Behavioral interventions for HIV infected and uninfected mothers with problem drinking

Marya V. Gwadz, Noelle R. Leonard, Charles M. Cleland, Marion Riedel, Gricel N. Arredondo, Hannah Wolfe, Emily Hardcastle, Jodi Morris

Research output: Contribution to journalArticlepeer-review


This article evaluates the efficacy of a 14-session social-cognitive behavioral intervention on problem drinking (and where applicable, drug use) among urban HIV-infected and uninfected mothers, in comparison to a single-session social/motivational intervention, and explores the relationships of initial substance use problem severity and HIV status to efficacy. A randomized controlled trial design was used. Participants (N = 118) were mothers with problem drinking, both HIV-infected (55%) and uninfected, and primarily from racial/ethnic minority and low socioeconomic status backgrounds. Participants were interviewed five times over 18 months. Both intervention arms yielded reductions in alcohol and drug use frequency, alcohol quantity, and alcohol/drug problems, with moderate effect sizes. Those with greater initial substance use maintained reductions over a longer period of time in response to the more intensive social-cognitive intervention. Treatment efficacy did not vary by HIV status. The utility of targeting intervention intensity to the level of substance use is supported.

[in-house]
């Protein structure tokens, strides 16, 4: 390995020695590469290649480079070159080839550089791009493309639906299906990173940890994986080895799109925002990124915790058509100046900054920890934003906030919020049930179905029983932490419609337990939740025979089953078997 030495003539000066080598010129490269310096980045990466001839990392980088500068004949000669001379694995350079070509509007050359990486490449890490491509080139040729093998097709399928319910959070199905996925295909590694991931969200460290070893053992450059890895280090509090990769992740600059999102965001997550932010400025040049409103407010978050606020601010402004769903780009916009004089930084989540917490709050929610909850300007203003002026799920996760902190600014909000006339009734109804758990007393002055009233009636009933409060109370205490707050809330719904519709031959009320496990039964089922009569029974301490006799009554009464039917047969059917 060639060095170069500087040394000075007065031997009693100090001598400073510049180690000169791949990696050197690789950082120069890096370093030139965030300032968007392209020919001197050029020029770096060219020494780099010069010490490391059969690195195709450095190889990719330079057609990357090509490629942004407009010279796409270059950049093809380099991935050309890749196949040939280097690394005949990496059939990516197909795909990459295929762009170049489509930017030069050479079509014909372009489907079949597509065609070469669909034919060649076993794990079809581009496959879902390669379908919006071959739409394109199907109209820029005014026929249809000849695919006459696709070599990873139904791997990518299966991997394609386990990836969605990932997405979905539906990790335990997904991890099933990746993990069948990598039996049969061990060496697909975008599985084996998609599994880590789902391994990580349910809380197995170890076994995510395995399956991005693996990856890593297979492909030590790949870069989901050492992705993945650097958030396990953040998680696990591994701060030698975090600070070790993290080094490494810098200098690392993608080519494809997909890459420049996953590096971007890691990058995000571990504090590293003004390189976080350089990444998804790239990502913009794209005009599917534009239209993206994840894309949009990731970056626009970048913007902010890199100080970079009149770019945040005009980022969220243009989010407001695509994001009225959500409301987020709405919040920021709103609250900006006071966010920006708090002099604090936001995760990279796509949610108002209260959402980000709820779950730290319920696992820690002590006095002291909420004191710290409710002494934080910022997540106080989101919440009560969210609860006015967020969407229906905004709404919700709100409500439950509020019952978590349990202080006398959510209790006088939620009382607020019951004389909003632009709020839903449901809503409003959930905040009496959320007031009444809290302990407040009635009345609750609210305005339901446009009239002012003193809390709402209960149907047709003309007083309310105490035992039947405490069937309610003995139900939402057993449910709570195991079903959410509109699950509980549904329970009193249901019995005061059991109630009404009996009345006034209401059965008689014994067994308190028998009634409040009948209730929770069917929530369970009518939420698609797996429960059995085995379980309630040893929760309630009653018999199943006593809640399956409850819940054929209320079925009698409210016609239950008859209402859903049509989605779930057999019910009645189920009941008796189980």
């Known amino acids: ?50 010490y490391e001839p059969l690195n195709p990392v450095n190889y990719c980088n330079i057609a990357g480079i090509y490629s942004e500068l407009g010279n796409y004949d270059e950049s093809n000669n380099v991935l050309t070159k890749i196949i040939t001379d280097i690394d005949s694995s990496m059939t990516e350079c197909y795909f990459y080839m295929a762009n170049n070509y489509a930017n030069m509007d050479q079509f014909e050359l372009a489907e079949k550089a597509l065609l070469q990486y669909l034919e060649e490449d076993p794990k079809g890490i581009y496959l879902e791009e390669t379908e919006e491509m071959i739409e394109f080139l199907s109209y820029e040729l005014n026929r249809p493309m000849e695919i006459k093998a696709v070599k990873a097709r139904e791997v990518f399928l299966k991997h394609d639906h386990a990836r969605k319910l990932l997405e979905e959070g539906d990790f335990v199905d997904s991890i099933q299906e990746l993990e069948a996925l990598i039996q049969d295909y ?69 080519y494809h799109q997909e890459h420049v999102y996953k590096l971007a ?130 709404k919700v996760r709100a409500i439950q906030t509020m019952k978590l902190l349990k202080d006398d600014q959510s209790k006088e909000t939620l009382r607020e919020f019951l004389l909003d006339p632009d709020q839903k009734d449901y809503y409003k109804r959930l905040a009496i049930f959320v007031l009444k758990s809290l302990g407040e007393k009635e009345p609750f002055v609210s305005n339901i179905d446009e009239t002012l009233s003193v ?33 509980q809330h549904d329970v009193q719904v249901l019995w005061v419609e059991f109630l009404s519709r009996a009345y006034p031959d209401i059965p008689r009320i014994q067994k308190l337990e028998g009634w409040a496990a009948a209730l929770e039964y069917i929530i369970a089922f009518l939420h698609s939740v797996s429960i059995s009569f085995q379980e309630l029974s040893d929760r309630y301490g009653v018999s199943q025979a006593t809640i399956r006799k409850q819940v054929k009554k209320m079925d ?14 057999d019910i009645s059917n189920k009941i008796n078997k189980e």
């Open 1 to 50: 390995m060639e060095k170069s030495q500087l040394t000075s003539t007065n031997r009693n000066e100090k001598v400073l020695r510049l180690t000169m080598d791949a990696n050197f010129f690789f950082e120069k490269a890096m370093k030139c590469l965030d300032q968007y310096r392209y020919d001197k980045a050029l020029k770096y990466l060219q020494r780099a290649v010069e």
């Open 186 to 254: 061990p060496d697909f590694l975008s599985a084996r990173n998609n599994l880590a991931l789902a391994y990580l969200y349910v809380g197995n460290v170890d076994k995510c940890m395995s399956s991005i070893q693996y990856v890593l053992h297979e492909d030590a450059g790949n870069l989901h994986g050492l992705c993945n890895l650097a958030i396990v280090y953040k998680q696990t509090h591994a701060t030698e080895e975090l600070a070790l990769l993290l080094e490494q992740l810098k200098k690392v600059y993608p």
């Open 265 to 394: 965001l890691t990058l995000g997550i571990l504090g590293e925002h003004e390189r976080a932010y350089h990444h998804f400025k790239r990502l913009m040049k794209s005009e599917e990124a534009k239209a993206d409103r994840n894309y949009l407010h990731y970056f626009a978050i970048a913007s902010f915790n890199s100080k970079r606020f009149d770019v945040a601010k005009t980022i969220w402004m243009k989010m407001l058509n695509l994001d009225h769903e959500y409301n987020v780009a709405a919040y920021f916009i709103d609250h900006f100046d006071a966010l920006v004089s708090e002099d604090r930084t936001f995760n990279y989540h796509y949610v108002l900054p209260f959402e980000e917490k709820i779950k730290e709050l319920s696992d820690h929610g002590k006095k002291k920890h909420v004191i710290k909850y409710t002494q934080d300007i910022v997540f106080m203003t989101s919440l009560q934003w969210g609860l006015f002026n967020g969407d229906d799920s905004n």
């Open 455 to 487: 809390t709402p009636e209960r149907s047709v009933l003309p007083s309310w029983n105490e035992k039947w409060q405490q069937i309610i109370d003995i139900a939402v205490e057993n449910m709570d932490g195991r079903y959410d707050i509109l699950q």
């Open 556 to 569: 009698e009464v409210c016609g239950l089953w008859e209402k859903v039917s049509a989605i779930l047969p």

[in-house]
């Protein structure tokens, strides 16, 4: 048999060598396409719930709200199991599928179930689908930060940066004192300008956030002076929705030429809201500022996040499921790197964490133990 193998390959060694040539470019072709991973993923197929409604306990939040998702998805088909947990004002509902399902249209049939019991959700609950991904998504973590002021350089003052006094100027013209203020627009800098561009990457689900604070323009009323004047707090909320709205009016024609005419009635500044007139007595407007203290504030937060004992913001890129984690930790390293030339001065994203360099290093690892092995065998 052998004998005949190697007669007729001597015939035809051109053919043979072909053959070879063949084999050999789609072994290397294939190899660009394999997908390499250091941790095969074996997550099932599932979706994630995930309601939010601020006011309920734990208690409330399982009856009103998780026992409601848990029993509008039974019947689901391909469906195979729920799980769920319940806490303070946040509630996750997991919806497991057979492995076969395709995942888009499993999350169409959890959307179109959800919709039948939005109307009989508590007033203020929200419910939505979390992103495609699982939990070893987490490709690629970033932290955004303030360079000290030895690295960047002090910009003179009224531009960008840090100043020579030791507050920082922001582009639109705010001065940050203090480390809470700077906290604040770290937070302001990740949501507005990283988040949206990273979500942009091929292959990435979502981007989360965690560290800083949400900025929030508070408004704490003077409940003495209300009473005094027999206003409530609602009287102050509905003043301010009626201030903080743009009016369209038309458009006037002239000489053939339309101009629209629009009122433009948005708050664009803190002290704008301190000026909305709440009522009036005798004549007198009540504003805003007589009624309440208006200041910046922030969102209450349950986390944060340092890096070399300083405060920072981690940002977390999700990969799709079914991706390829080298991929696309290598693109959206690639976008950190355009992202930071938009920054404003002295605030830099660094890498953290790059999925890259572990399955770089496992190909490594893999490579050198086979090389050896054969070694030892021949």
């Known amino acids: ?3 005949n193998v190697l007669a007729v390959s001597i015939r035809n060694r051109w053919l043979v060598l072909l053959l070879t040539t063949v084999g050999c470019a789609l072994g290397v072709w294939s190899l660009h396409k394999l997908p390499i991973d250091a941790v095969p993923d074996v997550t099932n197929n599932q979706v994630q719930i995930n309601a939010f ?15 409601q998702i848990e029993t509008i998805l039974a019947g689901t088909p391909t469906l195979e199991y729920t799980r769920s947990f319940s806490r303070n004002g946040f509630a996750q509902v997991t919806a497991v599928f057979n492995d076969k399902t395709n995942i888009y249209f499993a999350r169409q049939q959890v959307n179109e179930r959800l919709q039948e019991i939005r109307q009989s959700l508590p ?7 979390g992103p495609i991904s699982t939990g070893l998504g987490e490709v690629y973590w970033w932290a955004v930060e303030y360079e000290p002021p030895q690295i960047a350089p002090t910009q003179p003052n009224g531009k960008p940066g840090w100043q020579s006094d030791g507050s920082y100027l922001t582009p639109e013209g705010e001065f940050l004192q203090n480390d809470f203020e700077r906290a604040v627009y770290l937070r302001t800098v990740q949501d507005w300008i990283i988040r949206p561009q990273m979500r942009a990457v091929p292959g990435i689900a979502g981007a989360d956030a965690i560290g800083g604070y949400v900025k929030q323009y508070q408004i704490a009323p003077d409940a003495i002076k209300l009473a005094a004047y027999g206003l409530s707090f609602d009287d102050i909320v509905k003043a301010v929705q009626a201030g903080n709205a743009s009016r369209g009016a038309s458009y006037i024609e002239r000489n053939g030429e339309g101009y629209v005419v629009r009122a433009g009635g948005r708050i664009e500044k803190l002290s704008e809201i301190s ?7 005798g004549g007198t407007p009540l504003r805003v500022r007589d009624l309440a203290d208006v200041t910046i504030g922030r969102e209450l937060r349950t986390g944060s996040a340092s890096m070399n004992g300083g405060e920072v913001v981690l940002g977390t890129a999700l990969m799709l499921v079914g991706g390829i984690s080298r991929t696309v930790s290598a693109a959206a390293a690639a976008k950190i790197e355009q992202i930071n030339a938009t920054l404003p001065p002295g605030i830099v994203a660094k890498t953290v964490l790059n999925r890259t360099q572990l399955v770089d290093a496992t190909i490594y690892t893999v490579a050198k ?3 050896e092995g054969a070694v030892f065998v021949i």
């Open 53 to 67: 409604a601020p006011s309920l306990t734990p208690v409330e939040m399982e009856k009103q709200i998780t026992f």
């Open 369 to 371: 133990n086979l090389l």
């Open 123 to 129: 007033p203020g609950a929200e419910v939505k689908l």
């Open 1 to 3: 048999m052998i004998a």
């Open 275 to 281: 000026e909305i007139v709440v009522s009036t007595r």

Original languageEnglish (US)
Pages (from-to)47-65
Number of pages19
JournalAddiction Research and Theory
Issue number1
StatePublished - Feb 2008


  • Alcohol
  • Behavioral intervention
  • Drug use
  • HIV
  • Mothers
  • Motivational interviewing
  • Social-cognitive
  • Women

ASJC Scopus subject areas

  • Medicine (miscellaneous)


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